As an adolescent, the fate of France, whether as the subject of history or as the stake in public life, interested me above everything else. . . . I was convinced that France would have to go through gigantic trials, that the interest of life consisted in one day rendering her some signal service, and I would have the occasion to do so." --Charles de Gaulle, writing in his war memoirs.

(2) "I have something to say, but I don't know what it is."
 "Science cannot be neutral.  One must choose."
"Down with the infernal machine." --wall posters, Paris, 1968

(3) "De Gaulle =                    ." --Paul in Masculine, Feminine

July 13

The New Germany

Reading: Mary Fulbrook, The Divided Nation: A History of Germany, 1918-2008, Parts Two and Three
Tom Buchanan, Europe's Troubled Peace, 1945-2000, Chapters 7 and 8 , or
Tony Judt, Postwar: A History of Europe Since 1945, Parts Two and Three 

Discussion topic: How "new" is Germany since 1949?

July 15 & 20

Dictatorship to Democracy: Spain and Italy

Reading:  John Hooper, The New Spaniards, especially Parts One, Two, Five, and Six,
"General Franco's Final Testament," to be distributed by e-mail
Paul Ginsborg, A History of Contemporary Italy

Writing Assignment, due July 15: In what ways might it be argued that the regime of General Franco was responsible for Spain's transition from dictatorship to democracy? And what strikes you as the major strengths and weaknesses of contemporary Spanish democracy?

July 22 & 27

Eastern Europe and the Collapse of the Soviet Union 

Reading: Martin Malia, The Soviet Tragedy: A History of Socialism in Russia, 1917-1991, chapters 9 through 13, or
Tom Buchanan, Europe's Troubled Peace, 1945-2000, Chapters 6 and 10

Writing Assignment, due July 27: Pierre Grosser, a French political scientist, suggests that "philosophy, political science, and the social sciences experienced many debates over the nature of the Soviet system.  These debates are not yet resolved since the collapse of the Communist regime gives both support and contradiction to all of the major explanations."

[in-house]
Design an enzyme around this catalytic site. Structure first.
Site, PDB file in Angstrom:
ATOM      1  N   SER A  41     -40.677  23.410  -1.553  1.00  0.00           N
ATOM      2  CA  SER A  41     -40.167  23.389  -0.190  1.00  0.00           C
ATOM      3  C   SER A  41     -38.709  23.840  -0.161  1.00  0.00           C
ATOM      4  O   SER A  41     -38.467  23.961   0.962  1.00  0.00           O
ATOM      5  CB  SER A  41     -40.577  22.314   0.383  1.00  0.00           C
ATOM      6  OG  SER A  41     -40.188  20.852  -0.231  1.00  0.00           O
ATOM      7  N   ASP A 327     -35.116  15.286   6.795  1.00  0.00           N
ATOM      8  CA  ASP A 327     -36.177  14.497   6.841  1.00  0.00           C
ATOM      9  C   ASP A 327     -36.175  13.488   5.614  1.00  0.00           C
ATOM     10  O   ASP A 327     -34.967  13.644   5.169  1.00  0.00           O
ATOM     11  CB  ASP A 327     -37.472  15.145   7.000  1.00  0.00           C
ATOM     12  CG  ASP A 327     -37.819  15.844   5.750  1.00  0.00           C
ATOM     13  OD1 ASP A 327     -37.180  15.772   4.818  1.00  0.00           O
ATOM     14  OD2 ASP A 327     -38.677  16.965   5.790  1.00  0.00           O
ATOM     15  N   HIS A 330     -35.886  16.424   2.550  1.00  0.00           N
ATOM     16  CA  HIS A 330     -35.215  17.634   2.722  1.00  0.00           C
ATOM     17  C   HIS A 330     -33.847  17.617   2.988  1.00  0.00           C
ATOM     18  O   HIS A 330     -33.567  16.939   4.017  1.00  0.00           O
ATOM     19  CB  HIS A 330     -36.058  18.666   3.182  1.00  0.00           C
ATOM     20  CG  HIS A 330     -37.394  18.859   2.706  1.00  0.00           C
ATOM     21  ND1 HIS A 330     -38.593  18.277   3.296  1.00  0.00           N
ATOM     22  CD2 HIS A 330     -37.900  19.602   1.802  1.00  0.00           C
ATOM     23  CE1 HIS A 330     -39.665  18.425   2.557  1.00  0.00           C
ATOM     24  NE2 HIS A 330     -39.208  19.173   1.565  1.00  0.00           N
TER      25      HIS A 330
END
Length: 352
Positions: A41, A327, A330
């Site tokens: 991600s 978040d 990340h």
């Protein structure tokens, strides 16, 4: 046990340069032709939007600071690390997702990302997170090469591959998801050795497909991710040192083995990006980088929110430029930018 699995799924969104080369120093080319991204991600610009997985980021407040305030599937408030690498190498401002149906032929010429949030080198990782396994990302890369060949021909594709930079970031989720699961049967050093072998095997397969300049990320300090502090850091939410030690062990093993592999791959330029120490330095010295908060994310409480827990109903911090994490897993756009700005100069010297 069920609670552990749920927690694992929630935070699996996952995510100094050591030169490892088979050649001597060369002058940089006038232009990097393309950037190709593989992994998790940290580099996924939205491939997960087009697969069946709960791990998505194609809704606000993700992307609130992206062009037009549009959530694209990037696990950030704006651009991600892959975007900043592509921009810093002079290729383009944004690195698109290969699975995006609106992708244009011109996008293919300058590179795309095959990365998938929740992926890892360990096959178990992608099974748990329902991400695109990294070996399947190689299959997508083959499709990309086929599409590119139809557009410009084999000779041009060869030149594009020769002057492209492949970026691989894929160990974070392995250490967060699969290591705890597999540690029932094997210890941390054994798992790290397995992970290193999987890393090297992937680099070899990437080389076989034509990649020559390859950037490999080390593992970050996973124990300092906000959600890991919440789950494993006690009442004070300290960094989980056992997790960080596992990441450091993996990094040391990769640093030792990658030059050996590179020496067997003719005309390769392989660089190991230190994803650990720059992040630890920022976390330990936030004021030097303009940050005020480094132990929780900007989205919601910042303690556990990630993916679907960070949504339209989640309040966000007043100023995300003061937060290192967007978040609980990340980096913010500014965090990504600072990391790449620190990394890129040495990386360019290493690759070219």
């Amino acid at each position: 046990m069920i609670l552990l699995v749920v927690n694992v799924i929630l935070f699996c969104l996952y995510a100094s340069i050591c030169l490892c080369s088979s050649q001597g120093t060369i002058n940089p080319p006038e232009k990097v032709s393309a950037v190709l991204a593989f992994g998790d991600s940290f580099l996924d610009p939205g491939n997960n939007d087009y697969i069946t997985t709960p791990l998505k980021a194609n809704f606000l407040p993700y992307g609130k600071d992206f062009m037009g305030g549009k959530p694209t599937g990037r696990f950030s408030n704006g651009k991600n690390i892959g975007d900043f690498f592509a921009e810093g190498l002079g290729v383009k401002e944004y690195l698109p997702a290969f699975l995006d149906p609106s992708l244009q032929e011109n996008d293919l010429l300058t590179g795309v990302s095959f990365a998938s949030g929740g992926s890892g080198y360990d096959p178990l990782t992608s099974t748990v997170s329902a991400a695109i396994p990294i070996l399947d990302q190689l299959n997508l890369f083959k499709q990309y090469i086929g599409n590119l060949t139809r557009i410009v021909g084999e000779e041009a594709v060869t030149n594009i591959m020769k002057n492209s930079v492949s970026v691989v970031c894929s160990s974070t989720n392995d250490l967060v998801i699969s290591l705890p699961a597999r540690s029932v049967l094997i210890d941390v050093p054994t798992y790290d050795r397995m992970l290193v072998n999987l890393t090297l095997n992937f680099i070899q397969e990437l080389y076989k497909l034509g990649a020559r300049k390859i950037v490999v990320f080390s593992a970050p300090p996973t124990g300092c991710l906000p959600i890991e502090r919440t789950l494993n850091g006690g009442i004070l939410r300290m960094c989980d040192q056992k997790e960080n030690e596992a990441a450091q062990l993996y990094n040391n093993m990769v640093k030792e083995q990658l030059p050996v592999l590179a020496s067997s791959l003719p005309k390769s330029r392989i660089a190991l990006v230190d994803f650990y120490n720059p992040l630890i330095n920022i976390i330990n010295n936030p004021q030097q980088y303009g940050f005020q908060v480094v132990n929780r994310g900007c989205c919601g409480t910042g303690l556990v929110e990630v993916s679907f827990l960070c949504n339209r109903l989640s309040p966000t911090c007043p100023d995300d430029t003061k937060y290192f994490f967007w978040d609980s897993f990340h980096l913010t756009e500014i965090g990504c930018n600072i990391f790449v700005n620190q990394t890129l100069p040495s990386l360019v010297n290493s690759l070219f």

Please offer brief comment on Grosser's observations, then follow with a succinct analysis of the collapse of the Soviet Union. What are the "major explanations?" Consider additionally the following from The New York Times.

TEN years ago - at 7:32 p.m. on Dec. 25,1991, to be precise -- the Soviet Union died a lonely death. There was no violence, no ceremony, no pathos, only the televised resignation of Mikhail S. Gorbachev and the lowering of the red Soviet flag over the Kremlin. A handful of surprised foreigners let out a victorious yelp while an old war veteran issued an angry tirade.

Yet the state that died that day was also one of the most awesome and terrible in history, an experiment born of utopian promise and revolution whose ambitions were as grandiose as its failures. It promised a new man, a new humanity, a new economy, a world of peace; it ended up bankrupt and thoroughly militarized, having crushed initiative and slaughtered millions of its own.

There may come a time when few will believe that the Soviet state actually existed, and even fewer will mourn it.            SERGE SCHMEMANN --THE NEW YORK TIMES, December 30, 2001

July 29

Europe Since 1991 

Reading: Tom Buchanan, Europe's Troubled Peace, 1945-2000, Chapters  9, 11, and 12, or
Tony Judt, Postwar: A History of Europe Since 1945, Part Four